But, is the problem that games aren’t the place to deal with this theme, or is it that either the fan base isn’t mature enough to handle it or that the way it was portrayed was wrong?
In the import version of D2 for the Sega Dreamcast, a tentacle filled demon monster assaults your friend before killing her. The moment was terrifying and as you play as a woman it immediately instills the constant fear feeling of “I have to kill these things.” This feeling is fueled not just by the desire to get revenge, but also to prevent yourself from suffering a similar fate even if such a thing is never shown in any of the death scenes.
It’s common knowledge for anyone who studies the Silent Hill mythos that Alessa over the course of her childhood was subjected to everything from verbal and violent abuse to molestation and various forms of sexual degradation in order to make her a vessel of pain and hatred for the cult’s pagan god. We also see Pyramid Head in Silent Hill 2 assaulting various female formed enemies as a parallel of James’ own sexual frustrations, and we have the visual of Heather Mason being dragged away with open legs on certain game over sequences.
Heavenly Sword is a more recent game that had the courage to broach the topic of abuse of a minor. Whether or not Kai was molested by Flying Fox in her past is left up to the player’s interpretation, but it’s heavily implied especially with the sort of things she screams as she flees from him both in the segment that you play as her, and the segment that you play as Nariko trying desperately to find and save her.
These are several examples of games that tastefully dealt with the themes of abuse that are generally viewed as too taboo to broach in a video game, but they are also examples that are rarely discussed or publicized, and generally feel swept away under the rug. Well, D2 did it about as tastefully as a game with tentacle monsters can. In a previous article I also mentioned the feelings of isolation, degradation and violation that Haunting Ground and Clock Tower 3 inferred.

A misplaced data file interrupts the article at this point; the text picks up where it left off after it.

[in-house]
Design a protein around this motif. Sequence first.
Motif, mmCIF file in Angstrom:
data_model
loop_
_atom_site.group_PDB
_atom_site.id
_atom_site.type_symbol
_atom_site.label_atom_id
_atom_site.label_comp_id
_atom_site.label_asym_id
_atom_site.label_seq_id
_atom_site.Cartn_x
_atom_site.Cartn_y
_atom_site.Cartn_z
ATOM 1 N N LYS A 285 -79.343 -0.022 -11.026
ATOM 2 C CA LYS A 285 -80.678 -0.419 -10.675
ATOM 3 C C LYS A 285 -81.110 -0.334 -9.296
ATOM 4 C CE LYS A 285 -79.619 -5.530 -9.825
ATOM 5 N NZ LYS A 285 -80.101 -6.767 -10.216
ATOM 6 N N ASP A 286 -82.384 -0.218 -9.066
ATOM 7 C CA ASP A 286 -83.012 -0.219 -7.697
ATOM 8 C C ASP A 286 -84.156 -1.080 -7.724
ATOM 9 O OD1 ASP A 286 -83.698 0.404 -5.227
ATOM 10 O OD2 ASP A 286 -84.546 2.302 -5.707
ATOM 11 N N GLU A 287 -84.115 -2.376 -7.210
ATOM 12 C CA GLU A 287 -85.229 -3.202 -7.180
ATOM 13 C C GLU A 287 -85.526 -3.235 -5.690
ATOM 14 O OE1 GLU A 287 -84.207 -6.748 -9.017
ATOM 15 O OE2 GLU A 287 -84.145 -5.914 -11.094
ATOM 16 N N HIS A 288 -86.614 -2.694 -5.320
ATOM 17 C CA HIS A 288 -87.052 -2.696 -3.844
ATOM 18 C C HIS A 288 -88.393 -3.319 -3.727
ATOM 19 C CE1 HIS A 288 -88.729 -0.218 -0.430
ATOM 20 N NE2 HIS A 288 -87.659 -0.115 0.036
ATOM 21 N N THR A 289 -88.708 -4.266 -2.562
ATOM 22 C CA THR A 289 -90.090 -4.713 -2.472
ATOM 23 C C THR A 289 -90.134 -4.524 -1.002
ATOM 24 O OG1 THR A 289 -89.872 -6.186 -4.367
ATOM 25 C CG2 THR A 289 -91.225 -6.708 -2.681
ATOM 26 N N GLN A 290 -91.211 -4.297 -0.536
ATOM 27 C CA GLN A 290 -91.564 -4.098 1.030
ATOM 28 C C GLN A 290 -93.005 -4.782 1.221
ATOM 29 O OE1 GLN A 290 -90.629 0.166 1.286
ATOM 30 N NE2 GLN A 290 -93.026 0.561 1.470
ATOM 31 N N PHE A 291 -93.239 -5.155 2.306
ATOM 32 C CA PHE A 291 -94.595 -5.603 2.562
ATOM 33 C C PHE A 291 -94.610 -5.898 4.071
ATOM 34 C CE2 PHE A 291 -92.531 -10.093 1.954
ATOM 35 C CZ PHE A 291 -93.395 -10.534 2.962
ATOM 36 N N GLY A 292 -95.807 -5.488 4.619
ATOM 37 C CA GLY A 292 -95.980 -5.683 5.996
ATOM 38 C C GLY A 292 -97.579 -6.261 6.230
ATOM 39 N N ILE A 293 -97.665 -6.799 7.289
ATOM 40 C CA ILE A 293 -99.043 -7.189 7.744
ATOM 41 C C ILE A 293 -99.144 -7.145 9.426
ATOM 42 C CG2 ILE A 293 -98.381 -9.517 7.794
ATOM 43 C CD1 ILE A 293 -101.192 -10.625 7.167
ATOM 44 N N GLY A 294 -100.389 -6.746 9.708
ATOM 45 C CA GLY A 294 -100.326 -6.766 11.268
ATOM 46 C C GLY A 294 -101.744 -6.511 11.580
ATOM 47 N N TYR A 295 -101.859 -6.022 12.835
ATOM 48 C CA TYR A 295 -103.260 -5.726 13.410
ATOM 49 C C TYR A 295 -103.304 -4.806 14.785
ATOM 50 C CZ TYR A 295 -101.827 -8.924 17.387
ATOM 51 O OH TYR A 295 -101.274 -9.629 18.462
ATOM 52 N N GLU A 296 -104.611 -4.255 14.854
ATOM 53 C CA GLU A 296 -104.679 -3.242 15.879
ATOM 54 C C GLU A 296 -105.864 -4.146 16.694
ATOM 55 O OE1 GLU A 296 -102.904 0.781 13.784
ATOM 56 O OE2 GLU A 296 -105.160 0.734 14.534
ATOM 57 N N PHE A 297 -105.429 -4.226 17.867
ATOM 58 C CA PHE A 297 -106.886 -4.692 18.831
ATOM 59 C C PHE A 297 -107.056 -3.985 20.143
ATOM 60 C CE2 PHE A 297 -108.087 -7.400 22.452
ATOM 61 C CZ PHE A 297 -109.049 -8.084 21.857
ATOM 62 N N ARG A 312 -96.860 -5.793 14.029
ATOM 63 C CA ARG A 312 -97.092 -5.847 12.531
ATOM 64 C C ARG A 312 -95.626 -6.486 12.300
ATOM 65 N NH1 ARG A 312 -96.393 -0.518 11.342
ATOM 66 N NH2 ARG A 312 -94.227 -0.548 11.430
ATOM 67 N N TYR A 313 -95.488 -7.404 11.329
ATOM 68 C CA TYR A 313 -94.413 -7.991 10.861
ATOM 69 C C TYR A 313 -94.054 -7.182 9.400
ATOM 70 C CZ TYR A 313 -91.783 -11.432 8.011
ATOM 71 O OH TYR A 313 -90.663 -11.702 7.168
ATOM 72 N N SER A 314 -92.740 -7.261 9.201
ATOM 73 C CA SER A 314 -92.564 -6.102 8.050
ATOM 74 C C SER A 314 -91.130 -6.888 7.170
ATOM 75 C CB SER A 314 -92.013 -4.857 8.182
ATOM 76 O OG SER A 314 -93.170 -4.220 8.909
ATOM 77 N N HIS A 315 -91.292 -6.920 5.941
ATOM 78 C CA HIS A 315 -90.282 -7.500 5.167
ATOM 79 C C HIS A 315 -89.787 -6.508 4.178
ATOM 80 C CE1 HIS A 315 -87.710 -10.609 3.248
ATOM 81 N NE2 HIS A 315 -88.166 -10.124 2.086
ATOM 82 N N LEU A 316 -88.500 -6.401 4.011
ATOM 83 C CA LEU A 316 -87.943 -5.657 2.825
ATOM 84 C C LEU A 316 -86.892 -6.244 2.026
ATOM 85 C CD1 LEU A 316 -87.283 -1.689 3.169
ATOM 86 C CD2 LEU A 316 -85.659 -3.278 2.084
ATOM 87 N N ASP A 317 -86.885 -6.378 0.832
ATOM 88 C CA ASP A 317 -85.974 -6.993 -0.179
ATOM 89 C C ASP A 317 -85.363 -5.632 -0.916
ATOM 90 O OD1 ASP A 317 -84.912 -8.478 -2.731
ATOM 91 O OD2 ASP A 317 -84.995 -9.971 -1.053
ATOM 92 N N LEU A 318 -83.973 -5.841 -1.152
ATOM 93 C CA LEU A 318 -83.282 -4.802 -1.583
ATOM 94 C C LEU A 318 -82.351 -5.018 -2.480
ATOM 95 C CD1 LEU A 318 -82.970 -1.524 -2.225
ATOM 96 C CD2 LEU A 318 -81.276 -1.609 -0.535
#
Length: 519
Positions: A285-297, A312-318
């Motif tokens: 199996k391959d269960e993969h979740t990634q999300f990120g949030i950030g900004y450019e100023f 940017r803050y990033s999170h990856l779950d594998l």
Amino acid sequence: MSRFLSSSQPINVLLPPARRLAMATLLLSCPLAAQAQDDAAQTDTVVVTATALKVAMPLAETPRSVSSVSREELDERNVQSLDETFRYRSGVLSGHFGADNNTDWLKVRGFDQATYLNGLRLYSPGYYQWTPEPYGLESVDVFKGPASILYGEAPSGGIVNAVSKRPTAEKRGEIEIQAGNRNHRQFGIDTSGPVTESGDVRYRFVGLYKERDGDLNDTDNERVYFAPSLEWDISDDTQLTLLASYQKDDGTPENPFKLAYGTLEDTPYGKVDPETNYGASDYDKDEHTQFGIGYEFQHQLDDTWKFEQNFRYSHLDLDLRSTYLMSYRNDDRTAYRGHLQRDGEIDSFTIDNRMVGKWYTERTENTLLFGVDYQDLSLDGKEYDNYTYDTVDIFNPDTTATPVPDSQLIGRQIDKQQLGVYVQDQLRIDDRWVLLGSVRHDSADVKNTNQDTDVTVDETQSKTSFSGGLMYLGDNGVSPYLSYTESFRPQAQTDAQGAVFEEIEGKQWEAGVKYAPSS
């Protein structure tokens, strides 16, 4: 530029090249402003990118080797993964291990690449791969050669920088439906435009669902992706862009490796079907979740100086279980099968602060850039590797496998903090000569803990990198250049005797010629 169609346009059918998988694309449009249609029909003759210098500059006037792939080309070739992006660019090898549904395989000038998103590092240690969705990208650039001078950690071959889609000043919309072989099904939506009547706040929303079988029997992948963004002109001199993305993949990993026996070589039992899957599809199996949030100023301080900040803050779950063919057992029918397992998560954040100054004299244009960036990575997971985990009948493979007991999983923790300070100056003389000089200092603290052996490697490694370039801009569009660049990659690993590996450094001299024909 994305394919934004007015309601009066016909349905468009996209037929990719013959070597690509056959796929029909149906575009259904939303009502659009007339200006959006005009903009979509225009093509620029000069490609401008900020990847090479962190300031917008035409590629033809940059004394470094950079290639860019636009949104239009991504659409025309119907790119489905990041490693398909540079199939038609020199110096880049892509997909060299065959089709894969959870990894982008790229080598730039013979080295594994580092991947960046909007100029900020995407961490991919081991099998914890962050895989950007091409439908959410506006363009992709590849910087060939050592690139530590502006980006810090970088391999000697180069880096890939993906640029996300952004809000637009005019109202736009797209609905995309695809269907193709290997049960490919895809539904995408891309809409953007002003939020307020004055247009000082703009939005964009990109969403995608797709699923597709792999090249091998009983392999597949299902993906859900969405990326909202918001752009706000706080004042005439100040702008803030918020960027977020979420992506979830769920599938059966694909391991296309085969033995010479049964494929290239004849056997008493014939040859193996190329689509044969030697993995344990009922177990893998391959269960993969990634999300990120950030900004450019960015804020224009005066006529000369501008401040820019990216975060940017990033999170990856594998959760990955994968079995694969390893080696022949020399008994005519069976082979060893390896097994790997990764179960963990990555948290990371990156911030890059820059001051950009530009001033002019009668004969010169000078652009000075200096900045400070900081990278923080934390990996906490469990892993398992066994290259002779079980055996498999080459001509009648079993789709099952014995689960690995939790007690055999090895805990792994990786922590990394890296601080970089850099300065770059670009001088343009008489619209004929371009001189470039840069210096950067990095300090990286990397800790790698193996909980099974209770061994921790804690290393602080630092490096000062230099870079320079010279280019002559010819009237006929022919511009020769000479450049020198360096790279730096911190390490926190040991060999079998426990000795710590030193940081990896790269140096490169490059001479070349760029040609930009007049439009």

By and large it’s driven home quite strongly that video games aren’t allowed to deal with these topics. Furthermore, society tells victims and survivors that they aren’t supposed to talk about it. As I’ve mentioned in other articles on this site and others, commonly your friends don’t want to hear about it, your family doesn’t want you to talk about it, it’s supposed to be your dirty little secret. You’re supposed to be a dirty little secret, even more so if you’re a male. This is what society tells you.
Even mainstream video games that broach the subject make sure to only do so in a medium that the fan base is not likely to ever see. Show of hands, how many people knew that Bernie Mataki from Gears of War is a gang rape survivor? How many people that only played Fist of the North Star rather than read the manga or saw the unedited anime were aware that most of the women in the game are survivors as well?